The normal course of litigation over the failed SAP implementation had both parties making claims and pointing fingers.  There were the claims, and the counterclaims, and the back and forth, and the armies of lawyers, and the thousands of pages of court filings, and the millions spent by both sides on the litigation.  It was time for this to finally end.

Waste Management claimed in its lawsuit that they “wanted an ERP package that could meet its business requirements without large amounts of custom development…” They also claimed “SAP used a ‘fake’ product demonstration” and “SAP’s technical team had ‘recommended that SAP deliver to Waste Management a later version of the software than the version SAP in fact delivered’.” They also claimed SAP knew the software was “unstable and lacking key functionality…” [FN3]

SAP claimed in its legal counterclaims that “Waste Management didn’t ‘timely and accurately define its business requirements’ nor provide ‘sufficient, knowledgeable, decision-empowered users and managers’ to work on the project.” [FN3]

SAP Implementation Failure Lesson Learned

First, as I have often noted, senior management support is critical for success.  However their support is not enough, what the Waste Management lawsuit points out is that risk management (risk identification and risk mitigation) are critical components of an SAP project.

Too often we hear about the “success factors” of an SAP or large ERP project.  But behind those success factors is the risk if those factors are lacking.  In this case it seems entirely reasonable, and plausible, that Waste Management did not provide key, timely information or key decision-makers as SAP had said.  However, I also find some of Waste Mangement’s other claims they made in later pleadings that the SAP sales force had a strong hand in creating the problem because the sales person was concerned about getting their million dollar commission.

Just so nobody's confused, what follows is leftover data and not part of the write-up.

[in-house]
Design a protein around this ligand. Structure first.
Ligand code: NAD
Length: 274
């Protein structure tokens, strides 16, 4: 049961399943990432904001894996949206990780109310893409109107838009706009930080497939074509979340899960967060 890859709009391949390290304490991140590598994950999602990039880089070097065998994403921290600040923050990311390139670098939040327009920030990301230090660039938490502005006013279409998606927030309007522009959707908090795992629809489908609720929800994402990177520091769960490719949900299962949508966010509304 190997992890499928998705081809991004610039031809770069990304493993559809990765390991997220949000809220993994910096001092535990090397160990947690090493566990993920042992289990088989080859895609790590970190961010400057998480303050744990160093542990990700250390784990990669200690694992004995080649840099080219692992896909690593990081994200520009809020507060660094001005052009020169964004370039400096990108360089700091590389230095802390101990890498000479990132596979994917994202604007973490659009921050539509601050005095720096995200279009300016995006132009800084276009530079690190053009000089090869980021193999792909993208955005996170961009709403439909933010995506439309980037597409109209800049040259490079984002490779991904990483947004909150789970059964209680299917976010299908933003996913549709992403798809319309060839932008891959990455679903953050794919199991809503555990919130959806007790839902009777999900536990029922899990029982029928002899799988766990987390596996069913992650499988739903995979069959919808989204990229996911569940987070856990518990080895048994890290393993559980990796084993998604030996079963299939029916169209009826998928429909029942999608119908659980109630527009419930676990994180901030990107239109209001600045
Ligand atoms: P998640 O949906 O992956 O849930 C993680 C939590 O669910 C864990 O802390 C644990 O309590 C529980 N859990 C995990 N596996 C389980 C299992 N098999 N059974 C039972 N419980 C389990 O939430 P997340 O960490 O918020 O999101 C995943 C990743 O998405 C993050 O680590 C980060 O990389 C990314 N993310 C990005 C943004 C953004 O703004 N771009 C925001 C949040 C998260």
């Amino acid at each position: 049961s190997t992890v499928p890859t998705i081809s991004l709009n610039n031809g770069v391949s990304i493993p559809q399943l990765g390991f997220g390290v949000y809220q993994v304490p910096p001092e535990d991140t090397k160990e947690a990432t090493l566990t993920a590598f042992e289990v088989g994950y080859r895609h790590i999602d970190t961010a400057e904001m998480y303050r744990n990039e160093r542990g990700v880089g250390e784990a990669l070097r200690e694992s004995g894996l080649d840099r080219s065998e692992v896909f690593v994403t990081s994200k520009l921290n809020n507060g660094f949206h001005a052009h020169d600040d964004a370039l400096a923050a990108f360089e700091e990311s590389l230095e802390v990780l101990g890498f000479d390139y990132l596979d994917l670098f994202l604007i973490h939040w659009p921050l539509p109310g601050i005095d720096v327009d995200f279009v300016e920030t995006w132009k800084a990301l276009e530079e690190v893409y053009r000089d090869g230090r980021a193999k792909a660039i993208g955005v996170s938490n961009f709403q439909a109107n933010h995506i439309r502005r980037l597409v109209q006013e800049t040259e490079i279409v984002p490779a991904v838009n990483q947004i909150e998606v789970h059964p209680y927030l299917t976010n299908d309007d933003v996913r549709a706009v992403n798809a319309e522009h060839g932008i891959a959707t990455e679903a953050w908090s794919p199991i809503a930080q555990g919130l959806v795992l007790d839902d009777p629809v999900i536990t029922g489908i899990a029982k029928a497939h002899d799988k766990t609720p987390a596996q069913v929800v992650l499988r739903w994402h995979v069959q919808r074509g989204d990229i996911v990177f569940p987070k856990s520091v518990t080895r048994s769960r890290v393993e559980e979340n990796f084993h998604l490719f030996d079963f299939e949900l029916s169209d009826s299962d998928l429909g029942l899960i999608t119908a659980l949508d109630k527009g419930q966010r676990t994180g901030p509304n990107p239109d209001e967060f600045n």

So, while I do not put a lot of store in serious application gaps or problems, I do give some credence to their claims about the nastier side of business.  The acceptance of sales scams and the failure of SAP to adequately assess and then mitigate the implementation risks.  The idea that the company did not provide good resources, or that those resources would not make decisions is likely valid but those are known risks that should have been raised to the steering committee.  In the end, this lawsuit should have never happened.

[FN1]  SAP: We’ve Spent Millions So Far on Waste Management Suit.  CIO.com from IDG Press. http://www.cio.com/article/488866/SAP_We_ve_Spent_Millions_So_Far_on_Waste_Management_Suit (retrieved 5/11/2010).

[FN2] SAP sued by Waste Management, March 27, 2008.  http://itknowledgeexchange.techtarget.com/sap-watch/sap-sued-by-waste-management/ (retrieved 5/11/2010)

[FN3] [FN3]  SAP, Waste Management settle lawsuit.  Business Week. May 3, 2010. http://www.businessweek.com/idg/2010-05-03/sap-waste-management-settle-lawsuit.html (retrieved 5/11/2010)

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Aligning SAP Scope to Meaningful Business Requirements

April 13th, 2010 by

ERP or SAP Business Case, CRM, ERP, BI, and IT investment, where is the business benefit?I’m always amazed at how many projects miss one of the most important (and relatively simple) scoping requirements.  The worst part is that projects don’t just miss it but they get it completely backward!

After doing SAP projects since 1994, I still can’t believe SAP’s customers don’t use the old “Seven Habits” step of starting with the end in mind.  What do I mean by that? 

Start your SAP project with REPORTS and BUSINESS requirements! 

Come on now, WHY do so many projects wait until they are live with some new system to figure out what the reporting requirements are?  Reporting requirements must become part of the initial SAP scoping exercise.  Even if it is not spoken, every business that undertakes a massive ERP or IT project like SAP wants actionable information from the system after it is installed.  You want critical information that can enable you to:

  • Make better management decisions
  • Make better financial decisions
  • Determine what products or services have good margins (and which ones don’t)